What you have stated is exactly right. However, the benefit depends upon what you are trying to do. Generally,
you would want to practice on keeping good technique, while improving muscle memory and movement. You are trying to visualize actually attacking and defending against an imaginary opponent.
Unlike kata, this is not prearranged movements, but very organic and can be focused on the use of a few or several techniques that you wish to get down or improve upon, before actually using them against a responsive and resisting opponent.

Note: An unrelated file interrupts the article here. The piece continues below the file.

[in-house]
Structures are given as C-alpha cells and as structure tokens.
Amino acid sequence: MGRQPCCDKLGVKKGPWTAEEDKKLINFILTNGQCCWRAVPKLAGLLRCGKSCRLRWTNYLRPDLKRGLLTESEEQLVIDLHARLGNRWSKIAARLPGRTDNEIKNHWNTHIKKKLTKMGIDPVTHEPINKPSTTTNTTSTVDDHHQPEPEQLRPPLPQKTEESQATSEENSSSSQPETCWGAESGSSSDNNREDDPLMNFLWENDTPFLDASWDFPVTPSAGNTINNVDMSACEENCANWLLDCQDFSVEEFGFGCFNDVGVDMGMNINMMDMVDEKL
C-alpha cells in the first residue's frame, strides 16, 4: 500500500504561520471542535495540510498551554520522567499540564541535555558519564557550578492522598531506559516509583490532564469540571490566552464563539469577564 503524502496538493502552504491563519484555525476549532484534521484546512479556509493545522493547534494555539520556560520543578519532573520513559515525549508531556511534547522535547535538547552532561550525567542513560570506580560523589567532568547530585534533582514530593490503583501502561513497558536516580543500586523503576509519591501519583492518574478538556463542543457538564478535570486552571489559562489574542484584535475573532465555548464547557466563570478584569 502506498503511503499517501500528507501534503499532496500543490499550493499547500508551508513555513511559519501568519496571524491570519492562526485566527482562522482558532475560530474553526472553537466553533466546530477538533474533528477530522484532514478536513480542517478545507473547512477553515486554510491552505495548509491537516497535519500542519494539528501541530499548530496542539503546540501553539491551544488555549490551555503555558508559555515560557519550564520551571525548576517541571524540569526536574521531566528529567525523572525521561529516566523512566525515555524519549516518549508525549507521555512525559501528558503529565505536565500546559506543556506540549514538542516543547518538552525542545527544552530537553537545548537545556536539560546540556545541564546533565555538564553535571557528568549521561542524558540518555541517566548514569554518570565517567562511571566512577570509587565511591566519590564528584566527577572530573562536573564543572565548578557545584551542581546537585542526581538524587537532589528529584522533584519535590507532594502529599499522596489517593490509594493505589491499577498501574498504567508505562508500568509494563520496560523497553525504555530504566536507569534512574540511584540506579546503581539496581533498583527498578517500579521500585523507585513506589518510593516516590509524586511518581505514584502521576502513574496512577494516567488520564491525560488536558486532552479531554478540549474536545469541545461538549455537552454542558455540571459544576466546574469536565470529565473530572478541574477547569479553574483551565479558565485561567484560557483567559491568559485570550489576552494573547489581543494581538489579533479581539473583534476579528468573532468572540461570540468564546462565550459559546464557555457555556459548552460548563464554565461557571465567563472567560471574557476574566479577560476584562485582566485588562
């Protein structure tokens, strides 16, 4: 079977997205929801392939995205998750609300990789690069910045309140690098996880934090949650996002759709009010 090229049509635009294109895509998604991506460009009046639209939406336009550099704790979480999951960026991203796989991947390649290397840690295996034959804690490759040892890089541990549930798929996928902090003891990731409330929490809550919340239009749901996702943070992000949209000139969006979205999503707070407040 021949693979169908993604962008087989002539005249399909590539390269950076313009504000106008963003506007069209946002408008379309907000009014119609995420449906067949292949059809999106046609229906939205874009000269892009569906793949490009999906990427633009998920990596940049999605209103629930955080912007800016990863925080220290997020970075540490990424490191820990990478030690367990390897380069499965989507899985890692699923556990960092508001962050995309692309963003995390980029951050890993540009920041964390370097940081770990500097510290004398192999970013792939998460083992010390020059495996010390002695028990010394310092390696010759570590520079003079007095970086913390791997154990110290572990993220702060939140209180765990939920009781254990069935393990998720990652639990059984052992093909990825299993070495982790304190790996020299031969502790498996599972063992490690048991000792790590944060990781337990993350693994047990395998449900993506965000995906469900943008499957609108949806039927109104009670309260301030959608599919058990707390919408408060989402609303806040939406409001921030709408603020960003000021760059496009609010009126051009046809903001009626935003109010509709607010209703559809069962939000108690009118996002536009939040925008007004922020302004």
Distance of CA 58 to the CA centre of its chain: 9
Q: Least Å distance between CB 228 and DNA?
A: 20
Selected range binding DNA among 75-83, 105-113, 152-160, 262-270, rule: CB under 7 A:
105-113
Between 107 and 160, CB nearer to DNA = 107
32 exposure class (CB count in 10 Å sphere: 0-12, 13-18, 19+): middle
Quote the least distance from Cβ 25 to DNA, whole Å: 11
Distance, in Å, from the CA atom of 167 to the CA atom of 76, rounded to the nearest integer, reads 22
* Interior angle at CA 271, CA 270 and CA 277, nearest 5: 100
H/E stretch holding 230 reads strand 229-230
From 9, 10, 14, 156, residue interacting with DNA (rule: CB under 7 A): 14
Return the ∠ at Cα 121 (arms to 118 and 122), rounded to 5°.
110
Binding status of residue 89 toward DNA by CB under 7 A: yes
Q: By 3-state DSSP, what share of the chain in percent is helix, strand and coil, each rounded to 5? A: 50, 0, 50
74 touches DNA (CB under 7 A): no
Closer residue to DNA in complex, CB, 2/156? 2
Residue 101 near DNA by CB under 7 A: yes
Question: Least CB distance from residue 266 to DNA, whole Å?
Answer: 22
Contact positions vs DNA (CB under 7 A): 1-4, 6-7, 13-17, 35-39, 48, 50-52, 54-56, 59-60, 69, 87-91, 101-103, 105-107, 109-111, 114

Shadow boxing can be as hard or as light as you like, aerobically speaking. But in all that you practice, you must keep proper form and try to evaluate the techniques that you are doing.
This, in my opinion, is one of the fundamental solo excercises that you can do to improve your performance.